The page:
We are going to share some basic info to help you prepare a potential DIY dishwasher repair.
The control panel of your dishwashing machine might cast some fear on you. The buttons and layout can vary by unit, the modes offered seem different, etc. The truth is, while the control panel might appear different aesthetically, even that component can be repaired without expert assistance.
The problem is that you will need the right tools which includes a multimeter for diagnostics; if you're not well-equipped or confident in your ability to do the repair yourself, definitely hire a licensed dishwasher repair technician instead.
That said, most common dishwasher repairs are pretty easy to handle. The majority of the parts are also accessible simply by opening up the front door panel. From here, you can troubleshoot or fix the door latch, float switch and much more. Also, the sprayers and drain filter are accessible without any disassembling required.
The manual that came with your dishwasher will have significant information that can help with your DIY repair. Reference it before diagnosing any problem. You can figure out exactly where parts are located, how to access them and how they all correlate. More importantly, the manual will give you instructions and wiring diagrams that are essential for troubleshooting with a multimeter.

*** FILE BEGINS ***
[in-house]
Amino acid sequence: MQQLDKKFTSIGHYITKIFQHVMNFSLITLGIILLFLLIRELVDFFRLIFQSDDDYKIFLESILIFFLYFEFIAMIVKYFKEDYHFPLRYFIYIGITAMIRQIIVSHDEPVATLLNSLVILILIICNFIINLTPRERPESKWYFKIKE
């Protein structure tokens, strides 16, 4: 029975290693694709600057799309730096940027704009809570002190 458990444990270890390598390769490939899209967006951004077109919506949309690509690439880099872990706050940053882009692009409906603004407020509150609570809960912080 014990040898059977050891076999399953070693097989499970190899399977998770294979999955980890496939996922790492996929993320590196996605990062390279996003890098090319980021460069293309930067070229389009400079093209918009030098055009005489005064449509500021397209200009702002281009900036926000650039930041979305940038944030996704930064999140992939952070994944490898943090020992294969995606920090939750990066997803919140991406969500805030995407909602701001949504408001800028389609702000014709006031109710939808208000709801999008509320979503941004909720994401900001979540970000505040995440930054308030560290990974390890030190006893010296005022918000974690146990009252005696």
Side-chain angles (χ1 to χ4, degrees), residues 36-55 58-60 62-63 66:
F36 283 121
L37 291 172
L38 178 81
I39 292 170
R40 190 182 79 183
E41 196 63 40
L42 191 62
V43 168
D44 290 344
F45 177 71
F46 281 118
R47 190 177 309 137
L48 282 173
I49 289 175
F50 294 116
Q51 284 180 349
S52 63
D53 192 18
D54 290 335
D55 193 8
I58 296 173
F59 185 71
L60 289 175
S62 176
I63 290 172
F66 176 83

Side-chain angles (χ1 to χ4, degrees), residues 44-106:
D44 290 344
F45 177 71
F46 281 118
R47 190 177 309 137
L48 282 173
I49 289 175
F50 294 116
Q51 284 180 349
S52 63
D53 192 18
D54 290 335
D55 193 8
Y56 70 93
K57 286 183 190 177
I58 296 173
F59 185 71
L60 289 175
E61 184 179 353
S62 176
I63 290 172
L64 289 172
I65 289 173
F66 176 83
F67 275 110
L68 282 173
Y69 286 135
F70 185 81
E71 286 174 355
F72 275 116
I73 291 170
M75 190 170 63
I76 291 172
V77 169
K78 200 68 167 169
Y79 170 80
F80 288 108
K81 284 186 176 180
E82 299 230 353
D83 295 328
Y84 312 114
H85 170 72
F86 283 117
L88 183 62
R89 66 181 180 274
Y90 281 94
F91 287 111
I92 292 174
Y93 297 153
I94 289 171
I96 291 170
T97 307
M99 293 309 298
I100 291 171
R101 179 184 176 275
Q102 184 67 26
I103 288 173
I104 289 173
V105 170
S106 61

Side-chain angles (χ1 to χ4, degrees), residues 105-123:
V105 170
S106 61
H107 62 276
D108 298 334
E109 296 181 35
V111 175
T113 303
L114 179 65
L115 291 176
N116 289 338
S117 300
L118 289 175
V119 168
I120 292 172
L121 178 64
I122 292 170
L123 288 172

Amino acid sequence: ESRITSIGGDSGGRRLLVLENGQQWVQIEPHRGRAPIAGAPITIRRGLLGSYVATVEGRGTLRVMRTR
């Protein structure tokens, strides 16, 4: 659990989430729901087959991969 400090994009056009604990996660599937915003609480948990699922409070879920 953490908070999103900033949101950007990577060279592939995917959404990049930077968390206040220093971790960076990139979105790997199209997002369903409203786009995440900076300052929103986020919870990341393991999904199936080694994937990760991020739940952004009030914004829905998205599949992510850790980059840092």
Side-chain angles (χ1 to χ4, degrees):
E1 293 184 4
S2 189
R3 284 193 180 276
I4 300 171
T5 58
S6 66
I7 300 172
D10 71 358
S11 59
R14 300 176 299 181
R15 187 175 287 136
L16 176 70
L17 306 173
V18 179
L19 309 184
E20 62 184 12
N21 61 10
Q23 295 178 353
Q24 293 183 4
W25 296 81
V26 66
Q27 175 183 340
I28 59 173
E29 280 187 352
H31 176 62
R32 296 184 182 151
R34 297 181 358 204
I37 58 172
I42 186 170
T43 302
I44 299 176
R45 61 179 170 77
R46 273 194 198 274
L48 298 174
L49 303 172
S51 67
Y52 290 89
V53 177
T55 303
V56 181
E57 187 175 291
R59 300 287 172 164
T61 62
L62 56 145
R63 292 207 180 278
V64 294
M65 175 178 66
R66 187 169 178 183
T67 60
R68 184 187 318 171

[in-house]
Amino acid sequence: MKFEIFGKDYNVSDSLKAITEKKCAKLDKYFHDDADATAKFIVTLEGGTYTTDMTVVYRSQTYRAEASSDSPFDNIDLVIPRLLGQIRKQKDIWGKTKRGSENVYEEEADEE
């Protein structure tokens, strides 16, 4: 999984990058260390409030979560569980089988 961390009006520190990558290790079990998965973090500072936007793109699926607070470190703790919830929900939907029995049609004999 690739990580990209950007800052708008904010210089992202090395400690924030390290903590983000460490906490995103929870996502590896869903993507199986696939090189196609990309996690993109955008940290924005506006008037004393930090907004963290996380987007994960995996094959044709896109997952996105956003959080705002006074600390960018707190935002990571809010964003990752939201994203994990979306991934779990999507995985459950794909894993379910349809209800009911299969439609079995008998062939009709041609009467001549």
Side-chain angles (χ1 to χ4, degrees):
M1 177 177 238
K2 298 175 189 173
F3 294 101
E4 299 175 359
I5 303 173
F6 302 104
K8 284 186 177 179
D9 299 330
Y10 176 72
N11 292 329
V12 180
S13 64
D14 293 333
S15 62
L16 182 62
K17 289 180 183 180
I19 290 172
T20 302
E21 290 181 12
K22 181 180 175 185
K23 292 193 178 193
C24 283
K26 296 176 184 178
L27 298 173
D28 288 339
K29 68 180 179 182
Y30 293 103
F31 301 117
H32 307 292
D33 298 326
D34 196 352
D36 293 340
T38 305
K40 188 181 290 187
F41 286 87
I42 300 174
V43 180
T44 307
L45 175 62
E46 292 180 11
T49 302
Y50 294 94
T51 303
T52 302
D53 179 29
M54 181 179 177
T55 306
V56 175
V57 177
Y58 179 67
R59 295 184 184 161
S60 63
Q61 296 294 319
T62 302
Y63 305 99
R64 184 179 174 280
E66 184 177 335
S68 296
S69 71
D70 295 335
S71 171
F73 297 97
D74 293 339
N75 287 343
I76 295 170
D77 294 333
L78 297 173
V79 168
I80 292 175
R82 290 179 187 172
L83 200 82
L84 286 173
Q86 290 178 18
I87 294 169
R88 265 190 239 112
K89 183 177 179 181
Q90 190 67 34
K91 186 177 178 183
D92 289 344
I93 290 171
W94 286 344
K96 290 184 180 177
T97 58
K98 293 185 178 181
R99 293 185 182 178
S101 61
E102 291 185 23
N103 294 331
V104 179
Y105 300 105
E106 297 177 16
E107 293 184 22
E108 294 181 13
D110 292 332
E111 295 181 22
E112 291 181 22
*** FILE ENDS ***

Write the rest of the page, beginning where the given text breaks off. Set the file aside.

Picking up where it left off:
You can use an online appliance parts search tool to find the specific part you need. Contact local stores to see if they have it in stock before ordering by mail. However, if you choose to work with a respectable dishwasher repair company - the cost of your replacement parts won't be marked up and the company will likely get a better-than-retail rate through their own provider.
You must always be careful with what you put in your dishwasher. Not everything that is dishwasher safe will have a label saying so. This leaves many people using their own judgment when deciding what to wash in their dishwashing machine. Some items you might think are okay to put in, but are not, include: bras, shoes, hats and other pieces of clothing, brass, bronze or cast-iron cookware, keyboards and foil-wrapped fish. Sometimes it's just a matter of common sense; if you aren't sure if something is dishwasher safe, chances are it is not.